The muon is a remarkable particle, and its characteristics continue to be of interest eighty years after its discovery despite the fact that we have measured them better than almost anything else around. So, for instance, the muon lifetime is known to better accuracy than that of any other unstable particle; and the muon anomalous magnetic moment remains at the top of our list of things to determine more precisely nowadays.

Why do we obsess on measuring to the tenth decimal place quantities that the Standard Model predicts with extreme accuracy ? Because the Standard Model predicts them with extreme accuracy, of course. Theoretical calculations can be matched to observations at a level of precision that would allow us to detect even tiny departures, and these would automatically imply that there is new physics not described by the model.

One interesting feature of the muon phenomenology is the way the particle decays. After an average lifetime of 2.2 microseconds the muon decays to an electron, an electron antineutrino, and a muon neutrino. The three light fermions are emitted preferentially in a configuration whereby the electron is kicked in one direction and the two neutrinos recoil in the opposite one.

(Picture from

To explain the reason of the peculiar configuration note first of all that the muon spin, equal to 1/2 in h-bar units, must be balanced by those of the three final state particles. And all three final state leptons are quite light, so they are relativistic - meaning that their total energy is much larger than their rest mass. In such conditions, both the electron and the muon neutrino want to have their spin aligned opposite to their direction of motion - what is called "left-handedness", or also "negative helicity"; the electron antineutrino wants instead its spin aligned along its motion (right-handed, or positive helicity).

[Note that in the nice graph above it is a positive muon that is taken to decay, so the particles emitted are all antimatter copies of the ones I have been considering: a positive electron, which wants to be right-handed; and the two neutrinos which have swapped helicities with respect to what I have been discussing.]

The above constraints can not be satisfied if the neutrino and the antineutrino are emitted in opposite directions, for in that case the electron cannot be fully left-handed. The most probable situation is the one mentioned above: the electron goes in one direction, and the two neutrinos recoil in the opposite direction.

What that amounts to is that the electron tends to have a momentum which is balanced by the sum of momenta of the two neutrinos: so out of the 105 MeV of energy released by the decayed muon, the electron will likely get 50 MeV or so, and the two neutrinos will get 25 MeV each. All of this may seem obscure, but it is just relativistic kinematics coupled with the rules of weak interactions, plus the conservation of angular momentum and linear momentum.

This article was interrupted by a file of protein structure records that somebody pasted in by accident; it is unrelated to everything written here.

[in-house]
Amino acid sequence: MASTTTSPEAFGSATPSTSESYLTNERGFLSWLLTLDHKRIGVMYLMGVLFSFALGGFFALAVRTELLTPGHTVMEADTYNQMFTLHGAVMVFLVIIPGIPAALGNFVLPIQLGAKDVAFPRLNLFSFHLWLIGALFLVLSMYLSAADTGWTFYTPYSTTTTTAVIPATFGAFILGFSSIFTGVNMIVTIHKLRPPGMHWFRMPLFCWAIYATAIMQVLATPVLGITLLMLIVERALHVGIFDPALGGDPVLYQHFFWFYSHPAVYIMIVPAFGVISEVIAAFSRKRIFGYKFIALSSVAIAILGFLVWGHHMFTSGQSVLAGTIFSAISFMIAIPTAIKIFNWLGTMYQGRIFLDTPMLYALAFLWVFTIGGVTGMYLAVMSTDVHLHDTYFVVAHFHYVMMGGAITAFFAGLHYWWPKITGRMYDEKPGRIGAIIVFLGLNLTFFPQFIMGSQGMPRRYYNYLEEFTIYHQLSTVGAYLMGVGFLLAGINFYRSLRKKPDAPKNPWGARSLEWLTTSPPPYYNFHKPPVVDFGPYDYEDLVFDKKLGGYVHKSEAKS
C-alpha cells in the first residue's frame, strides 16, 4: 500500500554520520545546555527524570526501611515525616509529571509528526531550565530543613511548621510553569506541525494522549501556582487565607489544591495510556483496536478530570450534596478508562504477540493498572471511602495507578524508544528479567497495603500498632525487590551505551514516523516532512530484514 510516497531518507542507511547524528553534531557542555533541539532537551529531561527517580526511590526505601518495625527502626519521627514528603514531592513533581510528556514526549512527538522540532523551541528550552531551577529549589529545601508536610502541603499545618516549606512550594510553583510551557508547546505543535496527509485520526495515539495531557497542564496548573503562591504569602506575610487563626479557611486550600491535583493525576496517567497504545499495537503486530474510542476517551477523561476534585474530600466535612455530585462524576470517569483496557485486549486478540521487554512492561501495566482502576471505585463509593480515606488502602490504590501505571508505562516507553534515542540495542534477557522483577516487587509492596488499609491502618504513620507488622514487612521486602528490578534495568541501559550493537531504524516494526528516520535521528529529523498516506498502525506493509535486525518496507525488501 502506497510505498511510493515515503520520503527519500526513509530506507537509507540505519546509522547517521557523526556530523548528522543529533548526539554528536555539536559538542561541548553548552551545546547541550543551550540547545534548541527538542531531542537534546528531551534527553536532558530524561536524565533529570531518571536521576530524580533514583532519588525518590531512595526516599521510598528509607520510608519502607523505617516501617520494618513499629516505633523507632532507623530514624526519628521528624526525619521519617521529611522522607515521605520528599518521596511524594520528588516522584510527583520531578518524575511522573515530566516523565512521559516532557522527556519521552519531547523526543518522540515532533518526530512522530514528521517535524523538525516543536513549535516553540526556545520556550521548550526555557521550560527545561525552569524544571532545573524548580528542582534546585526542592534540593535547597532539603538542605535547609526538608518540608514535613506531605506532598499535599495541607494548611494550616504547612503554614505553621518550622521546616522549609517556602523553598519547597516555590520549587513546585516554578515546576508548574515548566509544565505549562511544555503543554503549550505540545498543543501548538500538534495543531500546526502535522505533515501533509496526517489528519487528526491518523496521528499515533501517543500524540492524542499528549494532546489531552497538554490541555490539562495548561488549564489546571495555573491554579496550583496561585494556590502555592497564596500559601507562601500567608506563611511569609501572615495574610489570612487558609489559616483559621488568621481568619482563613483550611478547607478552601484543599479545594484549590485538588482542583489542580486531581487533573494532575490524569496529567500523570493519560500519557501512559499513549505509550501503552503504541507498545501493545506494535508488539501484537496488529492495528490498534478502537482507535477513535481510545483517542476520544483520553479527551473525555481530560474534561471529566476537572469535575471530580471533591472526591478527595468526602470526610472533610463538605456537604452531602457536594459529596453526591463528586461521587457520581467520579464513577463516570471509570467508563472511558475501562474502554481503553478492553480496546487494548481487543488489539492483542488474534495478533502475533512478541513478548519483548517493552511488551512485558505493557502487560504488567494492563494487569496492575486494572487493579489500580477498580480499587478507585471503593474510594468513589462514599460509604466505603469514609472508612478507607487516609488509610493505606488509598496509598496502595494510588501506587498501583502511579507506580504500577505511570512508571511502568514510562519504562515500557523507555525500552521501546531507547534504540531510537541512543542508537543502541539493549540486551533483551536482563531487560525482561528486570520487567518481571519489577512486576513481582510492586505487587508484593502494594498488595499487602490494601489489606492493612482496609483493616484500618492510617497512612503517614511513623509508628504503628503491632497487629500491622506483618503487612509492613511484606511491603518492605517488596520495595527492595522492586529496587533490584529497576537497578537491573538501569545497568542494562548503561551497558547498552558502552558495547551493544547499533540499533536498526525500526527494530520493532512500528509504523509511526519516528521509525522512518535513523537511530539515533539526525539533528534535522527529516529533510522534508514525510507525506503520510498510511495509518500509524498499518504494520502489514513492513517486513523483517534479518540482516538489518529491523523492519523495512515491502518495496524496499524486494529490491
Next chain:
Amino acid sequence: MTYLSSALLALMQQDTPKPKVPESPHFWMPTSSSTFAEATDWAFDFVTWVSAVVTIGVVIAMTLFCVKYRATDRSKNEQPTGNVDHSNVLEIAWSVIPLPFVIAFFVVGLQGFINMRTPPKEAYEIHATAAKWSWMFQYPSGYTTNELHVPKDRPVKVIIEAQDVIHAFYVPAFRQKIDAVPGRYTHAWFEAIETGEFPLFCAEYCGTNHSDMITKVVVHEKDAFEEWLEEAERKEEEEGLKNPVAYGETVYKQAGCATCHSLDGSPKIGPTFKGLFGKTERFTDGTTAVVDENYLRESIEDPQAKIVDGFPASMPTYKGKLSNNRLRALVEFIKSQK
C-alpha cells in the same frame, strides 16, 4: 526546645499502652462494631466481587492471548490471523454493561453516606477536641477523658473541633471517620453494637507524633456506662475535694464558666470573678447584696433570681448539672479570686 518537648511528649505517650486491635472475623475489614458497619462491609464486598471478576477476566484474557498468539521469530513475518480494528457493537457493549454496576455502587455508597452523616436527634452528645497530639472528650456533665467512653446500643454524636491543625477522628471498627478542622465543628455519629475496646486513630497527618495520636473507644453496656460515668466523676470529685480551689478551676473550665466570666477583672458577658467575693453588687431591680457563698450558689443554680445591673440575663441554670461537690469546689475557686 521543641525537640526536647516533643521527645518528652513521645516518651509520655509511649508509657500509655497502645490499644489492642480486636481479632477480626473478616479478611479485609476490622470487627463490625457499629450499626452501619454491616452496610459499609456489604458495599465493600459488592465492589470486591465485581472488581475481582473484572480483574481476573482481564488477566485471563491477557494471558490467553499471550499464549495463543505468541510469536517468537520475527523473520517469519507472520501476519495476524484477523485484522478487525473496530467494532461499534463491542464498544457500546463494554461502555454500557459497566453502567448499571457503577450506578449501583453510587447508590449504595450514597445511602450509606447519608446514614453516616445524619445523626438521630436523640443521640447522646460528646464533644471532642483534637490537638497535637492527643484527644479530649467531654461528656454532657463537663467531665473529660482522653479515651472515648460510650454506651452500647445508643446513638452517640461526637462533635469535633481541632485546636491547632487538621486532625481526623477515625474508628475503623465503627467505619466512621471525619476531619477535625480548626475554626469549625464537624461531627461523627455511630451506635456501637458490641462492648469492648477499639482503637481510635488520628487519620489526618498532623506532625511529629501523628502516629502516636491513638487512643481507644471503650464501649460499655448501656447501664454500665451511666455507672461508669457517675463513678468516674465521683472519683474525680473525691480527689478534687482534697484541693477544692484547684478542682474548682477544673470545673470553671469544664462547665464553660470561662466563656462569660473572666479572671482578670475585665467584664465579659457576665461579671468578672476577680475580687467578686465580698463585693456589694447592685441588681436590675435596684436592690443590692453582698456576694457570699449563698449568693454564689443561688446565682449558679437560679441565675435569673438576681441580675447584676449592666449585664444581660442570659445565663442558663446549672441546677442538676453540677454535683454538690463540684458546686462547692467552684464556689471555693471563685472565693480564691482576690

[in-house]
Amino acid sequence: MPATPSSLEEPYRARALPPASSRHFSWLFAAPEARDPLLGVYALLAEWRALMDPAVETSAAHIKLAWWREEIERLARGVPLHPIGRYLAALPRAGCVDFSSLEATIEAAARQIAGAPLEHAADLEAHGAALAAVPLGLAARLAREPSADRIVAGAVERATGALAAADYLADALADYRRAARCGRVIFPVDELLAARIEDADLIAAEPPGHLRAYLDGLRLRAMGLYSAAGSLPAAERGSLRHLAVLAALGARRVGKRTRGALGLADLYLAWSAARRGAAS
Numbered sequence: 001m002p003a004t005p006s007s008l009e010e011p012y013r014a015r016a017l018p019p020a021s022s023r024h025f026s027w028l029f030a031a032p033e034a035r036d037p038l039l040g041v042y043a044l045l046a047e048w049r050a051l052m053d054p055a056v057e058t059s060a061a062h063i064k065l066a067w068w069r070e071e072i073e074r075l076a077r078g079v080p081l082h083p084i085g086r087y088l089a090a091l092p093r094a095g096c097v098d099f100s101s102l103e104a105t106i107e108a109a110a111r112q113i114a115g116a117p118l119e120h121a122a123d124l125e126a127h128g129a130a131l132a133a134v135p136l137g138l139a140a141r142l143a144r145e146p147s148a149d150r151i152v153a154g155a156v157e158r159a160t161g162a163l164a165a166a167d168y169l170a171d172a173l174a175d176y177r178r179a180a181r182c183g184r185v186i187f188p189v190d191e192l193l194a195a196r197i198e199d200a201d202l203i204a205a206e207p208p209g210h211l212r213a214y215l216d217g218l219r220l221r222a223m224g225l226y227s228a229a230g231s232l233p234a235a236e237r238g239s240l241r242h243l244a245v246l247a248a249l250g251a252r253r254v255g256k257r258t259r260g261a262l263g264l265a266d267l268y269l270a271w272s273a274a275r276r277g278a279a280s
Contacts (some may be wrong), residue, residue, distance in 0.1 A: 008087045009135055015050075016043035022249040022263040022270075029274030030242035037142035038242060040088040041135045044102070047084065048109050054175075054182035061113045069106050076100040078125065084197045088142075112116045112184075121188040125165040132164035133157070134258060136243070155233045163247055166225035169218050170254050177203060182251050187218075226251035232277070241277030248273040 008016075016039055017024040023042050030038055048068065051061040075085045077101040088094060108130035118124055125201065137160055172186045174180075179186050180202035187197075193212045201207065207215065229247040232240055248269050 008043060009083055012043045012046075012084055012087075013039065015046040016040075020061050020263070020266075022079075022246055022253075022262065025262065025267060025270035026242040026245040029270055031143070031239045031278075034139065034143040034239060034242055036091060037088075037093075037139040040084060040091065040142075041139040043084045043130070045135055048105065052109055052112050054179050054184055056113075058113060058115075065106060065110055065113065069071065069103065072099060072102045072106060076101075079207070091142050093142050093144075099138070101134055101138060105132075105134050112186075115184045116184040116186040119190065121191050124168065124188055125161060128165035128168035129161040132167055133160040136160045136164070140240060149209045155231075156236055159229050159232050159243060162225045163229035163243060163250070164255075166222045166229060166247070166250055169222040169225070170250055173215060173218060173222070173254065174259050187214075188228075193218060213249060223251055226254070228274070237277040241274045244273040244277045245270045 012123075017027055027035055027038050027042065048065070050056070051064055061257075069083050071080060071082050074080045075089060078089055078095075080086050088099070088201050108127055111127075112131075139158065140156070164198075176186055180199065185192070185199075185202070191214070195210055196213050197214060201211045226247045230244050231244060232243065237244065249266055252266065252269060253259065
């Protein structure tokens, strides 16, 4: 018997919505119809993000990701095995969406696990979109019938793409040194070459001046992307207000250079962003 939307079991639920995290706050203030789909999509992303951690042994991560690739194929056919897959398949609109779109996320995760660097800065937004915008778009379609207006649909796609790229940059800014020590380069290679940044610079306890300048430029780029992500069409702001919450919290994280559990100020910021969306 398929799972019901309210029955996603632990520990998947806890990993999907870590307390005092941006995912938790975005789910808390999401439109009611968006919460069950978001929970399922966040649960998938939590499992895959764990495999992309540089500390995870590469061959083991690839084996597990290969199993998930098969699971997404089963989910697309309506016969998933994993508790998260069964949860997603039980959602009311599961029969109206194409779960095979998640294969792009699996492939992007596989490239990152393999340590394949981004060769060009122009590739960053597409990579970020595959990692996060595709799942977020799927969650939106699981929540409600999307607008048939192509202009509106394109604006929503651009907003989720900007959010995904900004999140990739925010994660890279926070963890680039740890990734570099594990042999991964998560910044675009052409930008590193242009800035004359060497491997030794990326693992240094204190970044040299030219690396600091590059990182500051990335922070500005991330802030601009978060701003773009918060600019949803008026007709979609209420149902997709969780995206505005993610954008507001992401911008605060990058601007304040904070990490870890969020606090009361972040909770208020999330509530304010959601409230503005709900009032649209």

Now, the momentum spectrum of the electron emitted by decayed muons can be measured with good accuracy, and its distribution compared to Standard Model predictions. The distribution indeed "peaks" at 52 MeV, above which value it drops like a stone (values above 52.5 MeV are forbidden by energy conservation). The distribution has been measured precisely and the comparison shows that the Standard Model indeed predicts the phenomenon quite accurately.

In a paper I found in the arxiv today there is a comparison of new theoretical calculations to the measurement of the momentum spectrum obtained from negative muons stopping in a heavy medium. While in vacuum negative and positive muons behave absolutely in the same way, in matter there is a difference. A negative muon can be captured by a heavy nucleus and start orbiting it like an electron does; while a positive muon cannot do the same as it is repelled by the nucleus due to its charge.

Muons orbiting nuclei cause a modification of the momentum spectrum of the electrons they emit when they decay. A detailed measurement of this spectrum is harder to perform than for free muons, and a comparison with theory is harder to produce as the theory requires more careful correction for radiative effects. In fact, in the past the TRIUMF collaboration had found a discrepancy between observed and predicted spectrum in this case.

In the paper it is shown that accounting for radiative corrections for muons orbiting nuclei, using a complex formalism whose description is beyond the scope of this post, allows to obtain good agreement between theory and experiment. This is shown in the figure below.

Here you can see the momentum distribution of the decayed electron, compared to several curves. The green curve is the one relative to non-captured muons, and is there only for reference; the other curves show the theory calculations with or without radiative corrections included in the calculation. You can see that the data agrees very well with the red line, which includes the corrections.

The interest of this result is twofold. First, the discrepancy between predicted and measured spectrum has been shown to be due to previously unaccounted quantum corrections: the Standard Model rulez. Second, one should not forget that these precise low-energy measurements have a bearing on the high-energy physics investigations, as for example the Higgs boson mass indirectly inferred from global fits to Standard Model observables do require those precise inputs.